If we’re being totally honest here, and I am certainly striving to be that, this book is the result of a little bit of guilt. The best way to explain that, I think, is to tell you how I got into hockey and this team.
Neither of my parents watched any hockey when I was really young. Nobody else I knew in Covington knew or cared anything for hockey. Everything I knew about hockey came from glimpses of it in TV shows and movies. I wish I could say I had more reality based knowledge, but I didn’t have any real choice in the matter. We didn’t have satellite TV until I was in middle school, so no ESPN or anything like that was going to bring hockey into my house. And even if I’d wanted to, the nearest NHL team to us, the Blackhawks, didn’t broadcast their home games anyway. For most of my childhood, hockey was more of a vague idea than something I would really be into.
Something did finally flip a switch for me, and for my brother. Again, I wish I could say it had a more realistic basis, but that would be a lie. No, what opened up the world of hockey to us was video games. We had a game for the Sega Genesis to go along with all our different baseball games, and suddenly the NHL become something more than a theory to us. It was also around that same time DirecTV came into our lives. The glimpses of real hockey were still brief, but they were there, and it was something we could put to our video game hockey. It was enough.
But, as I’m sure anybody can tell you, hockey is a game that is best experienced live. And as luck would have it, the neighboring “big town,” Danville, Illinois, had just gotten a new team. Danville has had hockey off-and-on throughout the life of the Palmer Arena, and that history is probably worth a book of its own. It’s certainly worth a blog post, which I have already written. But, for all the teams Danville had, it was the Danville Wings that really hit the town during my developmental sweet spot, and it was a team that captured Danville’s attention in a way hockey certainly never has since. And maybe not ever before. I couldn’t tell you for sure, I wasn’t really around for the Saints or the original Dashers.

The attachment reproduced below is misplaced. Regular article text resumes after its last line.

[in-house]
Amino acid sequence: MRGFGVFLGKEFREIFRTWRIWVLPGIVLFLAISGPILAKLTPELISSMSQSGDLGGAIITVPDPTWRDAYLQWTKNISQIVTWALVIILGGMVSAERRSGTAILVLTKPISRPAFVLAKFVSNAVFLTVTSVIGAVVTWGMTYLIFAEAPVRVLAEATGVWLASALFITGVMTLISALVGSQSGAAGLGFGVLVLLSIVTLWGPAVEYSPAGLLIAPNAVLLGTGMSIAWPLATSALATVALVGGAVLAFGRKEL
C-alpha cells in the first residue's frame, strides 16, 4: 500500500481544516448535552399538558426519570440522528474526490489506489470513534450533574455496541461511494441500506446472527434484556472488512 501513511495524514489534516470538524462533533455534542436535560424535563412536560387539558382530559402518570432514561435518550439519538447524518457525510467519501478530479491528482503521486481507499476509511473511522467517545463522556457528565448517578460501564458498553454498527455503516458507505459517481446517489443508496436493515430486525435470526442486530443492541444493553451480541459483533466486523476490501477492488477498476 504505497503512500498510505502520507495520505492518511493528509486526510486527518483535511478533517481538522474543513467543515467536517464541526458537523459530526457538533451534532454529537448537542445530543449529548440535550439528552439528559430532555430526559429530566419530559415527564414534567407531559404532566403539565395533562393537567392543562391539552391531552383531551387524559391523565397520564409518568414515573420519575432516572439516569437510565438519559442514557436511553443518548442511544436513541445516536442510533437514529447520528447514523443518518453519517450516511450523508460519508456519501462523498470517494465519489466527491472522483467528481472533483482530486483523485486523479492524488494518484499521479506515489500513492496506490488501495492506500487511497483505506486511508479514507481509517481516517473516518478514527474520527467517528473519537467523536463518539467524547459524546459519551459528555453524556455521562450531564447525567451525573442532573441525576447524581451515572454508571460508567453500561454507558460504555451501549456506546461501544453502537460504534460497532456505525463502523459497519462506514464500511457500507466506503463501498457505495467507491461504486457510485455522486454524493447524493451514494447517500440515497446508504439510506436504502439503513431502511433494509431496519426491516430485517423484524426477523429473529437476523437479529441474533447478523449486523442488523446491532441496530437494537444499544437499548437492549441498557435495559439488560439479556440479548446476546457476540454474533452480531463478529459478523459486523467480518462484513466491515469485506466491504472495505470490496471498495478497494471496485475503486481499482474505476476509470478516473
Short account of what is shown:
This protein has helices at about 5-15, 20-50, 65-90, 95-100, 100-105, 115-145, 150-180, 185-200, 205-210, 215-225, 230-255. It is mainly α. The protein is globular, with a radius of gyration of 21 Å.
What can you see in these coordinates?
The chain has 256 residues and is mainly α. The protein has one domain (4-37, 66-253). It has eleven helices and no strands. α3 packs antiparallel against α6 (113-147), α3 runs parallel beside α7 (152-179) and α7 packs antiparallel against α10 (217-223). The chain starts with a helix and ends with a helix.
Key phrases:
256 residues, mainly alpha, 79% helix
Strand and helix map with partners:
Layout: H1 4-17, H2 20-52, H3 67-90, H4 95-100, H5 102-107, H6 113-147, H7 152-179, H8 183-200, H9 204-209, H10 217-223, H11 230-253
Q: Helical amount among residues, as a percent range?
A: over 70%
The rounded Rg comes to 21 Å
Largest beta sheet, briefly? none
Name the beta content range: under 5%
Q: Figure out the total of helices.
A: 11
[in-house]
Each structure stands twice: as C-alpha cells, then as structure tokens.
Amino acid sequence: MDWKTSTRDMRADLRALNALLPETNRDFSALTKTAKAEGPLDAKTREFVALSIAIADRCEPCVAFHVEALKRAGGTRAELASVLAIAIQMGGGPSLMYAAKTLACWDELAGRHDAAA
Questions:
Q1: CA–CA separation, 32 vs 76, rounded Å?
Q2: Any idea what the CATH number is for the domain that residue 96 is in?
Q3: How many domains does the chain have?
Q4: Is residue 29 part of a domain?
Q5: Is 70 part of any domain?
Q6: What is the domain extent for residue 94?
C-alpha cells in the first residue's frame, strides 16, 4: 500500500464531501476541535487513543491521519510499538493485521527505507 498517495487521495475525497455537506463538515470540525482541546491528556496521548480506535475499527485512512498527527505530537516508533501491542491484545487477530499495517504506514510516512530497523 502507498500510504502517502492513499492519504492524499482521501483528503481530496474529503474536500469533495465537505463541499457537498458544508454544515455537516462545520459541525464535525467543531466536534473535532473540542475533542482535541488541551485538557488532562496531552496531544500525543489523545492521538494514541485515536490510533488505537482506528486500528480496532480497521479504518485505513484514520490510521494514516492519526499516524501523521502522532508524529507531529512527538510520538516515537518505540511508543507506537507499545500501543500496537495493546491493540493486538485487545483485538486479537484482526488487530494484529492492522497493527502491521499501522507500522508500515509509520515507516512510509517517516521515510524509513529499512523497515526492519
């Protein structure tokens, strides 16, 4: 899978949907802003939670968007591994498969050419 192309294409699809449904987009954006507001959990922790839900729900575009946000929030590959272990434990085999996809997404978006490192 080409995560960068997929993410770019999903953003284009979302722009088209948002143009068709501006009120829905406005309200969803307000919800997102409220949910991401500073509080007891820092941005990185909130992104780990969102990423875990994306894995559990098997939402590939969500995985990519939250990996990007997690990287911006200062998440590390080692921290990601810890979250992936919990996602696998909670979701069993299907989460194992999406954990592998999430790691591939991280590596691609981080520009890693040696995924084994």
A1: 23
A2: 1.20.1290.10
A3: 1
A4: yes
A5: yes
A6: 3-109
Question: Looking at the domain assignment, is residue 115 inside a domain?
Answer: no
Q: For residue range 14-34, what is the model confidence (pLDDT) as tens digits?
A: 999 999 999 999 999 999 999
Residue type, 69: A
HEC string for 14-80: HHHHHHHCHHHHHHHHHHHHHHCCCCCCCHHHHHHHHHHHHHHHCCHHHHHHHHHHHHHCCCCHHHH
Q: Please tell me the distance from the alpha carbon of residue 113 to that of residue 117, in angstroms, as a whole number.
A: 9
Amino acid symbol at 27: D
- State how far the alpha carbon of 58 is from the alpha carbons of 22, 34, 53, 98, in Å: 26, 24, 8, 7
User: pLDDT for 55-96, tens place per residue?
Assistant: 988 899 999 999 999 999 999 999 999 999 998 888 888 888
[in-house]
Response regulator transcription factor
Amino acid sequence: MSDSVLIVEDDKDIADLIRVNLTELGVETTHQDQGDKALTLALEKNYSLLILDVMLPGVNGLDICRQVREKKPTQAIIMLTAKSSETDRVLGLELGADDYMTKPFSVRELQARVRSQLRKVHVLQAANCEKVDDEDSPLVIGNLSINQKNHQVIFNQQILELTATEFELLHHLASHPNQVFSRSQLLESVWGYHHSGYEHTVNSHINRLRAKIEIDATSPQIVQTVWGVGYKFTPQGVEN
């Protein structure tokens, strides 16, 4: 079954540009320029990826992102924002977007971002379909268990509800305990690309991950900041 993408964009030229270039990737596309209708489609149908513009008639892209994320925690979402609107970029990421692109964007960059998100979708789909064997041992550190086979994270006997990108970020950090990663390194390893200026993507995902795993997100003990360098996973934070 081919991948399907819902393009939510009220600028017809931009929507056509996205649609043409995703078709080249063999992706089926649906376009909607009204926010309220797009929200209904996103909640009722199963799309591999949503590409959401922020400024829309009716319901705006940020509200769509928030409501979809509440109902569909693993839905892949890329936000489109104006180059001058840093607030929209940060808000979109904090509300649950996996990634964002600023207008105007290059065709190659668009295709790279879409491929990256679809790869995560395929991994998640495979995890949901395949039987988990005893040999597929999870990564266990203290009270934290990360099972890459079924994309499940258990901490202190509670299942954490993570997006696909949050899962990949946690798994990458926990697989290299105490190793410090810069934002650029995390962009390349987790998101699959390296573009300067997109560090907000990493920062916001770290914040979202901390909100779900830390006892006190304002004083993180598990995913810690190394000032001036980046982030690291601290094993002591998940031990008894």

My dad worked in Danville for an awfully long time. One of the nice things about the company he worked for was it supported the community teams well. This meant there were always Danville Dans games to go to, which was the summer collegiate team. When the Wings came to town, that meant there were free hockey tickets, too. My dad doesn’t watch or particularly know anything about hockey now, and certainly didn’t then, either. But he also wasn’t about to pass up free tickets to any sport. So away we went to the games.
It was mesmerizing and opened up my young mind to a whole world I had never really considered before. I don’t know why I never put it together before in my head. I was already a huge fan of and pretty knowledgeable about lower league baseball, between the aforementioned Dans and the Indianapolis Indians, whose games we also went to fairly regularly. But hockey? I didn’t realize there was such a thing, and especially not right in my backyard. If there was going to be lower level hockey, I would have thought you’d have to go to Canada. Or at least Wisconsin. But, no, there were the Wings, battling it out in the NAHL (and later USHL) just ten or fifteen minutes away.
It started out with the free tickets, but eventually we would just go now and then because it was fun. Especially once I got a little older and had my own money (and transportation) to go. But just as I was able to have the freedom to watch hockey more or less whenever I wanted, it was snatched away from me.
Indianapolis came calling, and the pockets there were much deeper than anybody’s in Danville. The Indianapolis Ice, the AAA and later AA team, had moved away. There wasn’t that big of a draw for hockey in Indiana. But, while the city maybe didn’t have the interest for minor league hockey, there was enough of a following for a junior league team. And of all the teams they could have lured away, they targeted Danville’s team. And the team sold and quickly became the Indiana Ice.